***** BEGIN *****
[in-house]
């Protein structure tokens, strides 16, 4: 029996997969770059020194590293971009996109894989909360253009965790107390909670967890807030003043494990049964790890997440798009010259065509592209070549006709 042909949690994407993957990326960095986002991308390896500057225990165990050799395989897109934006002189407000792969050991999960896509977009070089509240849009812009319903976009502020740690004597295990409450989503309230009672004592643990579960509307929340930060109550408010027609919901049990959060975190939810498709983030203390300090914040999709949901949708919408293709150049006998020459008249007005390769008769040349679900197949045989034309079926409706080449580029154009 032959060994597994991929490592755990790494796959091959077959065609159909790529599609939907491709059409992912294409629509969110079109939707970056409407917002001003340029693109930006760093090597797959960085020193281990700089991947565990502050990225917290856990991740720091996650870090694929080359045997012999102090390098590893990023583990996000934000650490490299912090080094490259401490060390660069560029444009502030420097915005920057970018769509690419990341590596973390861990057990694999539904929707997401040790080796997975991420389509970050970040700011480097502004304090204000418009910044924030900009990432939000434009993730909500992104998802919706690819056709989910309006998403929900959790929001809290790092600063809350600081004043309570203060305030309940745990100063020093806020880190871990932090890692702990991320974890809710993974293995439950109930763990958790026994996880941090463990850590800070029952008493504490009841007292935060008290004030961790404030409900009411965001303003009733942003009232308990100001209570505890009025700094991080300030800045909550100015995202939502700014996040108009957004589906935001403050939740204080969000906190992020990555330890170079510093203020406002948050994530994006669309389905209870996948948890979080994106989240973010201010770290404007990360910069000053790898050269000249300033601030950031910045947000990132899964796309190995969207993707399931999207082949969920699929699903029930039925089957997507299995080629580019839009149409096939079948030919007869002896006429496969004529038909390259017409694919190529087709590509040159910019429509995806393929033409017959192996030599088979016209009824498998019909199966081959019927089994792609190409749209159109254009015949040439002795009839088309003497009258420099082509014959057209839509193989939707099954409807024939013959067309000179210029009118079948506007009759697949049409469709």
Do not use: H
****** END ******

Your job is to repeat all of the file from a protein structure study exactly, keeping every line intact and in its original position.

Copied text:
[in-house]
């Protein structure tokens, strides 16, 4: 029996997969770059020194590293971009996109894989909360253009965790107390909670967890807030003043494990049964790890997440798009010259065509592209070549006709 042909949690994407993957990326960095986002991308390896500057225990165990050799395989897109934006002189407000792969050991999960896509977009070089509240849009812009319903976009502020740690004597295990409450989503309230009672004592643990579960509307929340930060109550408010027609919901049990959060975190939810498709983030203390300090914040999709949901949708919408293709150049006998020459008249007005390769008769040349679900197949045989034309079926409706080449580029154009 032959060994597994991929490592755990790494796959091959077959065609159909790529599609939907491709059409992912294409629509969110079109939707970056409407917002001003340029693109930006760093090597797959960085020193281990700089991947565990502050990225917290856990991740720091996650870090694929080359045997012999102090390098590893990023583990996000934000650490490299912090080094490259401490060390660069560029444009502030420097915005920057970018769509690419990341590596973390861990057990694999539904929707997401040790080796997975991420389509970050970040700011480097502004304090204000418009910044924030900009990432939000434009993730909500992104998802919706690819056709989910309006998403929900959790929001809290790092600063809350600081004043309570203060305030309940745990100063020093806020880190871990932090890692702990991320974890809710993974293995439950109930763990958790026994996880941090463990850590800070029952008493504490009841007292935060008290004030961790404030409900009411965001303003009733942003009232308990100001209570505890009025700094991080300030800045909550100015995202939502700014996040108009957004589906935001403050939740204080969000906190992020990555330890170079510093203020406002948050994530994006669309389905209870996948948890979080994106989240973010201010770290404007990360910069000053790898050269000249300033601030950031910045947000990132899964796309190995969207993707399931999207082949969920699929699903029930039925089957997507299995080629580019839009149409096939079948030919007869002896006429496969004529038909390259017409694919190529087709590509040159910019429509995806393929033409017959192996030599088979016209009824498998019909199966081959019927089994792609190409749209159109254009015949040439002795009839088309003497009258420099082509014959057209839509193989939707099954409807024939013959067309000179210029009118079948506007009759697949049409469709």
Do not use: H